Closing Arguments Set in Klan Case
HATTIESBURG, Miss. (AP) _ The Ku Klux Klan in Mississippi didn’t deliver threats and firebombs _ the group handed out fruit baskets and cash to the poor at Christmas, according to a Klansman defending a Klan leader charged with ordering a brutal 1966 murder.
While prosecutors said there was no way jurors would believe such a portrayal of a group infamous for racist rhetoric and lynchings, Deavours Nix’s testimony on Thursday was the core of the defense of Samuel H. Bowers, the former imperial wizard of White Knights of the Ku Klux Klan.
Bowers, 73, faces life in prison if convicted of planning the firebombing death of civil rights activist Vernon Dahmers.
Nix, sitting in a wheelchair and hooked up to an oxygen tank, denied that Bowers ordered the death of the black store owner.
``I never heard a racial slur or threat come from him,″ said Nix, who is awaiting trial on an arson charge in the Dahmer case. ``He didn’t use profane language. Sam Bowers was a gentleman at all times.″
Attorney General Mike Moore scoffed at Nix’s testimony. ``That jury’s not going to fall for that. The Klan is not a benevolent organization,″ he said.
The prosecution and defense wrapped up their cases Thursday, with closing arguments to begin today.
Prosecution witnesses said Bowers, 73, ordered the firebombing and then bragged about it.
Dahmer, his lungs seared by the flames, died in his wife’s arms hours after two carloads of Klansmen shot up and bombed their home. Prosecutors say Dahmer was killed for helping fellow blacks register to vote by letting them pay their poll tax at his grocery store.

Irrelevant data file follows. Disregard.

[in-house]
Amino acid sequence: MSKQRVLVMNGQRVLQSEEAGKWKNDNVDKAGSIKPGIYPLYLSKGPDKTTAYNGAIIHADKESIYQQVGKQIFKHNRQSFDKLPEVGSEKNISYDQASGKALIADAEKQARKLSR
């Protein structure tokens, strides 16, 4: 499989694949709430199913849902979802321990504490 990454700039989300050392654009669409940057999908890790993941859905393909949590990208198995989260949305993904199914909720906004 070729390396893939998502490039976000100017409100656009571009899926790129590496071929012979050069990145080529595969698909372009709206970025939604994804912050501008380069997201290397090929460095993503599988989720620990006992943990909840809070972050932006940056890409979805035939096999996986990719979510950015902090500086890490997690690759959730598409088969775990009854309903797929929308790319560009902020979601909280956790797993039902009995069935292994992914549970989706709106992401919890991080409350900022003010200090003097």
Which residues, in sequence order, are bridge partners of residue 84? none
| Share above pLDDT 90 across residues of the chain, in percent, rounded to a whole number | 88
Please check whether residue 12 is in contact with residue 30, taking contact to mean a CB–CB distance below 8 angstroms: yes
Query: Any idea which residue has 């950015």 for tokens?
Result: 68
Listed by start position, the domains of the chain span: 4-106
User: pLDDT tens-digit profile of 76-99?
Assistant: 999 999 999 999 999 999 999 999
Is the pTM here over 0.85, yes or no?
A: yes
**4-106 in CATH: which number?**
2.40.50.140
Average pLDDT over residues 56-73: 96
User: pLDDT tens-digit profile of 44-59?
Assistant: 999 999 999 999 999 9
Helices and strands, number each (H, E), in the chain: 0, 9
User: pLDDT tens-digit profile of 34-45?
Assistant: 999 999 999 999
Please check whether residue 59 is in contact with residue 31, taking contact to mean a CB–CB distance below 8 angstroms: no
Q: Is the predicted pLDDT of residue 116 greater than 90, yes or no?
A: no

``Look at what my boys did to that Dahmer nigger for me,″ former Klansman and one-time FBI informant Robert Earl Wilson quoted Bowers as saying while holding up a newspaper account of the attack.
Cathy Lucy, a KKK leader’s widow and a surprise witness, testified she was present when Bowers made the comment. She described him as ``smiling and jubilant.″
This is the fifth time Bowers has been tried on charges related to Dahmer’s death. Four previous juries _ at least two all-white _ deadlocked.
Bowers has served jail time, but not in the Dahmer killing. He went to prison for six years for one of the slayings of three civil rights workers in Neshoba County in 1964. Bowers could be sentenced to life in prison if convicted in the Dahmer case.
The defense hoped to discredit the state’s star witnesses _ former Klansmen Billy Roy Pitts and T. Webber Rogers. Pitts, a 54-year-old former furniture upholsterer, testified that he took part in the Dahmer raid and served nearly four years in federal prison. Rogers said he went on a ``dry run″ to the Dahmer home before the actual bombing.